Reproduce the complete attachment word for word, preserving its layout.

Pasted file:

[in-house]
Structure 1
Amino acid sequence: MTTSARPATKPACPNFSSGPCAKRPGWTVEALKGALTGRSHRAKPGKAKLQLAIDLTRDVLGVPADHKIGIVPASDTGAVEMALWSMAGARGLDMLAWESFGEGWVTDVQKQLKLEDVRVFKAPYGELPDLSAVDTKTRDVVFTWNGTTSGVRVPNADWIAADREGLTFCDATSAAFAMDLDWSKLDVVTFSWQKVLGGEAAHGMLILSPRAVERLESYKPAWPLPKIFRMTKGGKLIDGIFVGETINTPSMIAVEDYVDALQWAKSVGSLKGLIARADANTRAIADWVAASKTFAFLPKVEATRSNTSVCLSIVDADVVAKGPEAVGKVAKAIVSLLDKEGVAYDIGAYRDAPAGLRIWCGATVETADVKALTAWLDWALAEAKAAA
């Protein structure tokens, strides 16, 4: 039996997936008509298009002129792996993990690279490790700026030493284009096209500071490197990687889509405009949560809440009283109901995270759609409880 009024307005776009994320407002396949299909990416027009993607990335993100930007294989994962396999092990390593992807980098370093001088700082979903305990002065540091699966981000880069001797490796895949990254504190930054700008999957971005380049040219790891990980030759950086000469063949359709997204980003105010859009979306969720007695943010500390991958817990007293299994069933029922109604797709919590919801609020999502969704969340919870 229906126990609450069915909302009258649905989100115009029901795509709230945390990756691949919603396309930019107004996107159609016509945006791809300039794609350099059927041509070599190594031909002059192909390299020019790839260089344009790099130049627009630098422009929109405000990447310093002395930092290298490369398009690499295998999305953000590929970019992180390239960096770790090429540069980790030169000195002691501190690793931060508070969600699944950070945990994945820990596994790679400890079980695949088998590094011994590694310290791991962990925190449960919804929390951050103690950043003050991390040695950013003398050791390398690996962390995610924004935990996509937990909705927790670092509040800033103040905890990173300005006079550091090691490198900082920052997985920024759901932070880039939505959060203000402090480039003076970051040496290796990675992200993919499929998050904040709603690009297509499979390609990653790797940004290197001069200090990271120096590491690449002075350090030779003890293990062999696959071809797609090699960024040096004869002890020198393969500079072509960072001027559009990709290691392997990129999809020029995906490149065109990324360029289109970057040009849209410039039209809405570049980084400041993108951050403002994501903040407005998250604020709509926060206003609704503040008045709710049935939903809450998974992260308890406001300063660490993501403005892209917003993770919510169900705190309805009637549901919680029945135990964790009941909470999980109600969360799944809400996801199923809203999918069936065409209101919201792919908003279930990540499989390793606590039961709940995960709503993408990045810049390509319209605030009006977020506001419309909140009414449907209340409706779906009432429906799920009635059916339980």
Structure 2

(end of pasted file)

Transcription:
[in-house]
Structure 1
Amino acid sequence: MTTSARPATKPACPNFSSGPCAKRPGWTVEALKGALTGRSHRAKPGKAKLQLAIDLTRDVLGVPADHKIGIVPASDTGAVEMALWSMAGARGLDMLAWESFGEGWVTDVQKQLKLEDVRVFKAPYGELPDLSAVDTKTRDVVFTWNGTTSGVRVPNADWIAADREGLTFCDATSAAFAMDLDWSKLDVVTFSWQKVLGGEAAHGMLILSPRAVERLESYKPAWPLPKIFRMTKGGKLIDGIFVGETINTPSMIAVEDYVDALQWAKSVGSLKGLIARADANTRAIADWVAASKTFAFLPKVEATRSNTSVCLSIVDADVVAKGPEAVGKVAKAIVSLLDKEGVAYDIGAYRDAPAGLRIWCGATVETADVKALTAWLDWALAEAKAAA
């Protein structure tokens, strides 16, 4: 039996997936008509298009002129792996993990690279490790700026030493284009096209500071490197990687889509405009949560809440009283109901995270759609409880 009024307005776009994320407002396949299909990416027009993607990335993100930007294989994962396999092990390593992807980098370093001088700082979903305990002065540091699966981000880069001797490796895949990254504190930054700008999957971005380049040219790891990980030759950086000469063949359709997204980003105010859009979306969720007695943010500390991958817990007293299994069933029922109604797709919590919801609020999502969704969340919870 229906126990609450069915909302009258649905989100115009029901795509709230945390990756691949919603396309930019107004996107159609016509945006791809300039794609350099059927041509070599190594031909002059192909390299020019790839260089344009790099130049627009630098422009929109405000990447310093002395930092290298490369398009690499295998999305953000590929970019992180390239960096770790090429540069980790030169000195002691501190690793931060508070969600699944950070945990994945820990596994790679400890079980695949088998590094011994590694310290791991962990925190449960919804929390951050103690950043003050991390040695950013003398050791390398690996962390995610924004935990996509937990909705927790670092509040800033103040905890990173300005006079550091090691490198900082920052997985920024759901932070880039939505959060203000402090480039003076970051040496290796990675992200993919499929998050904040709603690009297509499979390609990653790797940004290197001069200090990271120096590491690449002075350090030779003890293990062999696959071809797609090699960024040096004869002890020198393969500079072509960072001027559009990709290691392997990129999809020029995906490149065109990324360029289109970057040009849209410039039209809405570049980084400041993108951050403002994501903040407005998250604020709509926060206003609704503040008045709710049935939903809450998974992260308890406001300063660490993501403005892209917003993770919510169900705190309805009637549901919680029945135990964790009941909470999980109600969360799944809400996801199923809203999918069936065409209101919201792919908003279930990540499989390793606590039961709940995960709503993408990045810049390509319209605030009006977020506001419309909140009414449907209340409706779906009432429906799920009635059916339980």
Structure 2